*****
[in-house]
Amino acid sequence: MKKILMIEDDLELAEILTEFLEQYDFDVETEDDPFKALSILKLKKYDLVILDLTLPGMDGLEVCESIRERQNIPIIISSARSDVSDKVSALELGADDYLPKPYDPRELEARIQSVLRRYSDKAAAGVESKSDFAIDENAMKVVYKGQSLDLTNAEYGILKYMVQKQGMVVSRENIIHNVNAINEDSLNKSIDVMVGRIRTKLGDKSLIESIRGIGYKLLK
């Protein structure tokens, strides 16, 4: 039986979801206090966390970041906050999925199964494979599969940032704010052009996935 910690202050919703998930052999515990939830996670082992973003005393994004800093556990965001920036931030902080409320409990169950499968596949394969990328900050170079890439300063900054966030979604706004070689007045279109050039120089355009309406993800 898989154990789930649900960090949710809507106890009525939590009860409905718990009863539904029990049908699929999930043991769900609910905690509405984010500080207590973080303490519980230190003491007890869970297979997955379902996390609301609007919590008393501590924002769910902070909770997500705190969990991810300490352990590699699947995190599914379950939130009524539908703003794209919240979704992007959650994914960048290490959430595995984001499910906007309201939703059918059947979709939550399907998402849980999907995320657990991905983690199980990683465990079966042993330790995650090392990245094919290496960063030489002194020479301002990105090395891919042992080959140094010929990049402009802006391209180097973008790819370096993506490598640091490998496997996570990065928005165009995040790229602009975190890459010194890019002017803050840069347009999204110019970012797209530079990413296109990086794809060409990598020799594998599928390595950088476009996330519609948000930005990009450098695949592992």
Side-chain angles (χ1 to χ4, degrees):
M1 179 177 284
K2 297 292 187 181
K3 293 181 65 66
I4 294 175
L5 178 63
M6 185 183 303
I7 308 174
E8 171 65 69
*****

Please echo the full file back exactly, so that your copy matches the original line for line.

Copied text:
[in-house]
Amino acid sequence: MKKILMIEDDLELAEILTEFLEQYDFDVETEDDPFKALSILKLKKYDLVILDLTLPGMDGLEVCESIRERQNIPIIISSARSDVSDKVSALELGADDYLPKPYDPRELEARIQSVLRRYSDKAAAGVESKSDFAIDENAMKVVYKGQSLDLTNAEYGILKYMVQKQGMVVSRENIIHNVNAINEDSLNKSIDVMVGRIRTKLGDKSLIESIRGIGYKLLK
């Protein structure tokens, strides 16, 4: 039986979801206090966390970041906050999925199964494979599969940032704010052009996935 910690202050919703998930052999515990939830996670082992973003005393994004800093556990965001920036931030902080409320409990169950499968596949394969990328900050170079890439300063900054966030979604706004070689007045279109050039120089355009309406993800 898989154990789930649900960090949710809507106890009525939590009860409905718990009863539904029990049908699929999930043991769900609910905690509405984010500080207590973080303490519980230190003491007890869970297979997955379902996390609301609007919590008393501590924002769910902070909770997500705190969990991810300490352990590699699947995190599914379950939130009524539908703003794209919240979704992007959650994914960048290490959430595995984001499910906007309201939703059918059947979709939550399907998402849980999907995320657990991905983690199980990683465990079966042993330790995650090392990245094919290496960063030489002194020479301002990105090395891919042992080959140094010929990049402009802006391209180097973008790819370096993506490598640091490998496997996570990065928005165009995040790229602009975190890459010194890019002017803050840069347009999204110019970012797209530079990413296109990086794809060409990598020799594998599928390595950088476009996330519609948000930005990009450098695949592992």
Side-chain angles (χ1 to χ4, degrees):
M1 179 177 284
K2 297 292 187 181
K3 293 181 65 66
I4 294 175
L5 178 63
M6 185 183 303
I7 308 174
E8 171 65 69